Dressed for Death
by Julianna Deering
Paperback: 336 pages
Publisher: Bethany House Publishers
Released: March 1, 2016
Source: ebook review copy from the publisher through NetGalley.
Book Description from Goodreads:
Drew and Madeline Farthering celebrate their six-month anniversary by attending a fancy Regency era costume party. Drew is glad to see Talbot Cummins, an Oxford classmate, and his fiancée, Alice Henley, though Alice seems upset about something. At the concluding grand ball, Alice suddenly dies of an overdose of cocaine. Tal refuses to believe she took the stuff intentionally.
Drew is shocked when the police arrest Tal's father and charge him with smuggling drugs into the country for the past twenty years. Reeling from the death of his fiancée and the revelation about his father, Tal begs Drew to find out what's going on. Drew, now questioning his own ability to see people as they really are, does so reluctantly and brings danger to everyone he holds dear.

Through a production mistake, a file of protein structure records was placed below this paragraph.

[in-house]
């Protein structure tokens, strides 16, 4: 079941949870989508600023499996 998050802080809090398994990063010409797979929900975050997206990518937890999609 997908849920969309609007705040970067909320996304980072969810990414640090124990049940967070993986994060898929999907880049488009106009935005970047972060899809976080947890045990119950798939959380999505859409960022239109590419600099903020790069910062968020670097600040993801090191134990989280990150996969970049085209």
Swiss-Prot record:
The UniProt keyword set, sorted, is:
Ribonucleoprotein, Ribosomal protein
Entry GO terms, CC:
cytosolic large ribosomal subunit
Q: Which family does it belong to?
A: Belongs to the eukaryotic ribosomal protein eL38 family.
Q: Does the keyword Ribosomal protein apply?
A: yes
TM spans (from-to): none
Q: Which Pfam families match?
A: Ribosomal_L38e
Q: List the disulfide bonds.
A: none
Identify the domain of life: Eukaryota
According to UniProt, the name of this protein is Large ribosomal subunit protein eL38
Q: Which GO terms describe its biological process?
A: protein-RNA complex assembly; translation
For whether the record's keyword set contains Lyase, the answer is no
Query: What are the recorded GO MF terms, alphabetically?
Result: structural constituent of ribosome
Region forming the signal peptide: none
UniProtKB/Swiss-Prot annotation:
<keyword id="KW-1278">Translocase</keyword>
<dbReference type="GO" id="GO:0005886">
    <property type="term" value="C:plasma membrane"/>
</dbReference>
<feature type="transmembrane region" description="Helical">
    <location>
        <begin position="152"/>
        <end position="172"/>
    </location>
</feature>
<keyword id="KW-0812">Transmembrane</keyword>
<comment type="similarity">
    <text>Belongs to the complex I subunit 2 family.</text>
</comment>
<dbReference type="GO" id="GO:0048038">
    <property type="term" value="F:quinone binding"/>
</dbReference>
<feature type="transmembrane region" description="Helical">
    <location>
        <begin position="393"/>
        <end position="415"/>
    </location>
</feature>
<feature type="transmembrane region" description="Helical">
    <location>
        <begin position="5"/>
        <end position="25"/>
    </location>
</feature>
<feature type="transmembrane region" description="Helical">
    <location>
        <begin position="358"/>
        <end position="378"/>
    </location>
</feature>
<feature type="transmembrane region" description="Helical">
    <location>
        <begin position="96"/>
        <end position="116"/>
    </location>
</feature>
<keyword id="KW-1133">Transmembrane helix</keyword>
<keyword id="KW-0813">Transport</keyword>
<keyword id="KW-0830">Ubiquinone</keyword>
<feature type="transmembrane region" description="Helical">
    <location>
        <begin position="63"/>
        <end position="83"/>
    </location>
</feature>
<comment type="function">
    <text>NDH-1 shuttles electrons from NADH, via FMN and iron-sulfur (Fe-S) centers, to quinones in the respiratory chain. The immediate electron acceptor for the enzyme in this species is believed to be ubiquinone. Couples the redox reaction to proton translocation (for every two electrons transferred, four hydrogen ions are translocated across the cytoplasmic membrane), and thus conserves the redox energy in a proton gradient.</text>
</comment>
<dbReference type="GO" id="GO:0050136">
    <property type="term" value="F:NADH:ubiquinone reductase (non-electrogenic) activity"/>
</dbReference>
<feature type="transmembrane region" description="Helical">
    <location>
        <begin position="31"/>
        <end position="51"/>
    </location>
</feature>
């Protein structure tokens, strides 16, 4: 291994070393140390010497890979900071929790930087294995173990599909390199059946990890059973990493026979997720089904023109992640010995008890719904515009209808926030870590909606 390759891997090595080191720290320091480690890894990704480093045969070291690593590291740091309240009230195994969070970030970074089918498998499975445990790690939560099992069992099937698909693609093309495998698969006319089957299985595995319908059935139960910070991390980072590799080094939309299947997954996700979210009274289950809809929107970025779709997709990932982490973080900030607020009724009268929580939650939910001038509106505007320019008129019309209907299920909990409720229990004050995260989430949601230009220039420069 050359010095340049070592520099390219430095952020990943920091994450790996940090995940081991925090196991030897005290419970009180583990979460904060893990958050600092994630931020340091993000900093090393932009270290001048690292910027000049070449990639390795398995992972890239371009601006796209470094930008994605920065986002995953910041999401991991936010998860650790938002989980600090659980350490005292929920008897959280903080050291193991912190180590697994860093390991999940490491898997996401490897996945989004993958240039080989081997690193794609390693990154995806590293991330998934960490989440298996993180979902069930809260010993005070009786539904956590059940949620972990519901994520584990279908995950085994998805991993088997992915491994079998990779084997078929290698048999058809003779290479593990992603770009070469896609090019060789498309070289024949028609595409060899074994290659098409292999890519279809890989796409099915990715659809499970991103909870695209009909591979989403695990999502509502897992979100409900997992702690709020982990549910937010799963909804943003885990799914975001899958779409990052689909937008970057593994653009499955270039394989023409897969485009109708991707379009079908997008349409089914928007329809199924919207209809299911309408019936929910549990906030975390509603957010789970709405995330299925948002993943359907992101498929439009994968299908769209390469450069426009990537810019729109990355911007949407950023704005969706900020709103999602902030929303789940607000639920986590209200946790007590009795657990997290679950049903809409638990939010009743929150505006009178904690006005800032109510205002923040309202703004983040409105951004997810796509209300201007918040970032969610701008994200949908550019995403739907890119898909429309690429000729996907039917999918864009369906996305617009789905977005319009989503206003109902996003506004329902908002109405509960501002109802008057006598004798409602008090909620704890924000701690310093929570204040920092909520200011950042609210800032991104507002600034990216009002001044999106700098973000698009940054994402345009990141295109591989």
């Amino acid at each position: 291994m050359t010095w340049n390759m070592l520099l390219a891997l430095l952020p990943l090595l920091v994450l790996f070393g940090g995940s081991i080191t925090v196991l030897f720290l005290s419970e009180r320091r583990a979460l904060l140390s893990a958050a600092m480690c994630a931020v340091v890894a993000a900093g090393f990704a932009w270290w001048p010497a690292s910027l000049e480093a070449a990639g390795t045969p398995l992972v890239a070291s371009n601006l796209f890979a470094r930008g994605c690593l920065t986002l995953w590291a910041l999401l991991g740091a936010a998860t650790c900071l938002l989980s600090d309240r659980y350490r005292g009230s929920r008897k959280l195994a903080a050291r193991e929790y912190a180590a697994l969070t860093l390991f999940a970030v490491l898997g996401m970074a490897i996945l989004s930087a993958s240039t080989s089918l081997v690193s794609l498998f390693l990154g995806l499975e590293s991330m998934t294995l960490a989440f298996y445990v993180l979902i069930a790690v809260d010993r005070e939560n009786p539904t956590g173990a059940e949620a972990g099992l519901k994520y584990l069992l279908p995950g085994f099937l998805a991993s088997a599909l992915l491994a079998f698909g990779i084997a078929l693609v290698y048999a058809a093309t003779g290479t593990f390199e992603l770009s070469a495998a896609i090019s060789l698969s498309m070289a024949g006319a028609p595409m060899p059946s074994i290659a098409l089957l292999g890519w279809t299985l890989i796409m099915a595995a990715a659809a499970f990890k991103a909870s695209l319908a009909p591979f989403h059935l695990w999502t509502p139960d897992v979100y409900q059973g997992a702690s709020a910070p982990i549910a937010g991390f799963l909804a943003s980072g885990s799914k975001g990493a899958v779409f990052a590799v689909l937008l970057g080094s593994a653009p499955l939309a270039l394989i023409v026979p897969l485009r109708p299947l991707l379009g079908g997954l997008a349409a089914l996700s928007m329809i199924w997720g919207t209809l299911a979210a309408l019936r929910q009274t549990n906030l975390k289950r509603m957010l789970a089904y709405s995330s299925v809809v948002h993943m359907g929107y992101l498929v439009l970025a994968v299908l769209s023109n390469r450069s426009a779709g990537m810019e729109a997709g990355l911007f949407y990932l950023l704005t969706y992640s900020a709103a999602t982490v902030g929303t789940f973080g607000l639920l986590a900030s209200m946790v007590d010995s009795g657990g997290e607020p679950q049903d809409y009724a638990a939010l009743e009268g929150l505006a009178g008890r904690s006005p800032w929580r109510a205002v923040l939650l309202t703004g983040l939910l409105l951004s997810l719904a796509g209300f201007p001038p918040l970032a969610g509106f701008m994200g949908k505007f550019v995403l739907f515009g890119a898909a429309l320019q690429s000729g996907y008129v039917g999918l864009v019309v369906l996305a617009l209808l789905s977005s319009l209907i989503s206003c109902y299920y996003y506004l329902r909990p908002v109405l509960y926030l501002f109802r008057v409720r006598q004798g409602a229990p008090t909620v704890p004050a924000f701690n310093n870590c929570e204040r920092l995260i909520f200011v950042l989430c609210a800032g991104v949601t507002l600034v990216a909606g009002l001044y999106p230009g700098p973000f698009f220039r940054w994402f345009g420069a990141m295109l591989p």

Dressed for Death is a historical mystery set in 1933 in England. It's the fourth book in a series. You don't need to read the previous novels to understand this one, and this novel didn't spoil the previous books. The first third of the book was spent at a Regency era costume party, and the characters quoted Jane Austen throughout the story.
The characters were engaging, had depth, and reacted realistically to events. Most mysteries kill off the unlikable or unknown characters, but it's the young, innocent people who die in this story. It's a sorrow-filled story. Due to their grief, the main characters weren't clear-headed about solving the mystery.
It was a clue-based puzzle. By two-thirds of the way in, I had a good idea of how the smuggling was done and had my whodunit suspects narrowed down to two people. In contrast, Drew and friends were still getting nowhere. They'd stumble upon clues yet wouldn't follow up on odd happenings. This worked okay because of how it was written, but it meant that most of their tracking down the answers happened in the last third of the book.
The characters were Christian, and this was shown in how they treated people. Drew debated whether God really had called him to solve crimes or if that was his own ego talking. There were no sex scenes. There was no bad language. I'd recommend this interesting mystery.
If you've read this book, what do you think about it? I'd be honored if you wrote your own opinion of the book in the comments.
Excerpt: Read an excerpt using Google Preview.